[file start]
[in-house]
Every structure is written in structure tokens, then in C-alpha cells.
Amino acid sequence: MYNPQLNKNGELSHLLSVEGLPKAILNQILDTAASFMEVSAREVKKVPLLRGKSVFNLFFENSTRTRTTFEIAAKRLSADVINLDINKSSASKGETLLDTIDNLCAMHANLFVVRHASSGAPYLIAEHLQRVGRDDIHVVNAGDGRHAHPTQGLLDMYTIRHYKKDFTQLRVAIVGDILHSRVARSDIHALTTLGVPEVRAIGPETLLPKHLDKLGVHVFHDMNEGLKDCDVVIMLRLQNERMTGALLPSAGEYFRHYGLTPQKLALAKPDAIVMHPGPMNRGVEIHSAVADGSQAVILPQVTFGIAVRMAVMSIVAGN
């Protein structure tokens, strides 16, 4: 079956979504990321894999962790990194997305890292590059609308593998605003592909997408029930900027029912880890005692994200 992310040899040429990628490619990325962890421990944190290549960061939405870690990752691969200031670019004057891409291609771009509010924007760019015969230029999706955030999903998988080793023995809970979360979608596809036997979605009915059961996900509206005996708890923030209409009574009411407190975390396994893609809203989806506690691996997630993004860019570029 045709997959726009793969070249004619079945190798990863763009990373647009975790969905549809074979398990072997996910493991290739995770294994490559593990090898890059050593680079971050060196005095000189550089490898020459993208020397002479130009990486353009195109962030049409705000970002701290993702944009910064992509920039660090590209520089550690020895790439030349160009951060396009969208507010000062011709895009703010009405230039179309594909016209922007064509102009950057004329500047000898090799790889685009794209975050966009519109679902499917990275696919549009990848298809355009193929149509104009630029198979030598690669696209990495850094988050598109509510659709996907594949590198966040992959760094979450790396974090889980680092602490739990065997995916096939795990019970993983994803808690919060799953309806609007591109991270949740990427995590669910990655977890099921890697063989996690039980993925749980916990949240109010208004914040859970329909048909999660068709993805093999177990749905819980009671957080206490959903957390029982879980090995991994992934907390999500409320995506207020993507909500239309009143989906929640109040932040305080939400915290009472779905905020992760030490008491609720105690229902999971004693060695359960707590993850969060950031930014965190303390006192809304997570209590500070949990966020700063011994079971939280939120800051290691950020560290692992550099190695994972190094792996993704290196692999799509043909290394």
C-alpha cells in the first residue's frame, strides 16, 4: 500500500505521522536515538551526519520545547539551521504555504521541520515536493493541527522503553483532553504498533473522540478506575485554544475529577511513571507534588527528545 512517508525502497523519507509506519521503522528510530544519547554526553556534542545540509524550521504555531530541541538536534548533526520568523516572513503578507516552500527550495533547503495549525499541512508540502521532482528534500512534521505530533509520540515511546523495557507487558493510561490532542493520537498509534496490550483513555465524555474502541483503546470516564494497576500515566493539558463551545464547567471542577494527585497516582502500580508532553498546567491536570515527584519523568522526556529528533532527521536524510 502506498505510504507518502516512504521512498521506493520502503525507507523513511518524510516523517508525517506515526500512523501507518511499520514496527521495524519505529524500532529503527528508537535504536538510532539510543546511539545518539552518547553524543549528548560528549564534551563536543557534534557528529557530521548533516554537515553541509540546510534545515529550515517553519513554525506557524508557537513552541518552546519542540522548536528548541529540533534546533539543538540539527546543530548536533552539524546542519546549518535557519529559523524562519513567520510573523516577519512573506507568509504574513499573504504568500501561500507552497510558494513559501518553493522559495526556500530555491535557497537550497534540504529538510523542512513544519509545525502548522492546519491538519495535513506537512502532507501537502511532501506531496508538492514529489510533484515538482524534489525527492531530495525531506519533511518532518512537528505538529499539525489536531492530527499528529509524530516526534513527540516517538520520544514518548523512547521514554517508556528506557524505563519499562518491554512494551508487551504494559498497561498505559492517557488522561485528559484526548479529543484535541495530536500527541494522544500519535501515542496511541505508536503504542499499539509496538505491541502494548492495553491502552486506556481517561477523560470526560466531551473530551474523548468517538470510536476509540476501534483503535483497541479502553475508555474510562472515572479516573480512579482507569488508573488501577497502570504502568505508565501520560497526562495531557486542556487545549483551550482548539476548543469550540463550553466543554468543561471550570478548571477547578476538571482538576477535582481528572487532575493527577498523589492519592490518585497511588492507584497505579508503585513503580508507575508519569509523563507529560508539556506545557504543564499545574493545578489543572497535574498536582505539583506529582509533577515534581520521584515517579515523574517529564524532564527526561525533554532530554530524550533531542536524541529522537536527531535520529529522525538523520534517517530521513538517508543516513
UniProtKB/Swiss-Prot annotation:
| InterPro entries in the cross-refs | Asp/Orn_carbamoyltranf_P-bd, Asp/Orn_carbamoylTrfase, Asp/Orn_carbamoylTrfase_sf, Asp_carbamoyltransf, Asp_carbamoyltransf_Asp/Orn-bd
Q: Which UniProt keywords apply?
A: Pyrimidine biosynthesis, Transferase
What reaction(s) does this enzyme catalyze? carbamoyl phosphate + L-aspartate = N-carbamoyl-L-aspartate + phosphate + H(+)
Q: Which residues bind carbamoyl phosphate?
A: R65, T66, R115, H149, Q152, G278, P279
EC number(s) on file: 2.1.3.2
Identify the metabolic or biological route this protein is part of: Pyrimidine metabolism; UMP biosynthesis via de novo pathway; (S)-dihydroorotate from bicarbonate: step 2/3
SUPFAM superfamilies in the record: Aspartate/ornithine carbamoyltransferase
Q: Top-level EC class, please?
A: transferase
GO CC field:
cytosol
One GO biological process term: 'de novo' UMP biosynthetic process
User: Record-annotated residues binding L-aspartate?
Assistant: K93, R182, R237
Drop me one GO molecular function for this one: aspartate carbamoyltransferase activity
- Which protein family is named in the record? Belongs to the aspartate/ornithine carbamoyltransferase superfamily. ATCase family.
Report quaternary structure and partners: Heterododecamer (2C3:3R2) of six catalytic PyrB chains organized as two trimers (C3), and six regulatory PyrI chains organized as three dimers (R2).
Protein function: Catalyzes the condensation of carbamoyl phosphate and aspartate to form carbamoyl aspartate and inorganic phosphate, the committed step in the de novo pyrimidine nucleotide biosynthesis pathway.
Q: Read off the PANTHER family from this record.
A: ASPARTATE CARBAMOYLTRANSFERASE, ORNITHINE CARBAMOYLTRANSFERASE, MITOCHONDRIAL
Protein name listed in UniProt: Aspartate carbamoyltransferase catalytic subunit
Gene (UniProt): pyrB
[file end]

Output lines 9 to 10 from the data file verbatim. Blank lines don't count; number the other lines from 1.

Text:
A: Pyrimidine biosynthesis, Transferase
What reaction(s) does this enzyme catalyze? carbamoyl phosphate + L-aspartate = N-carbamoyl-L-aspartate + phosphate + H(+)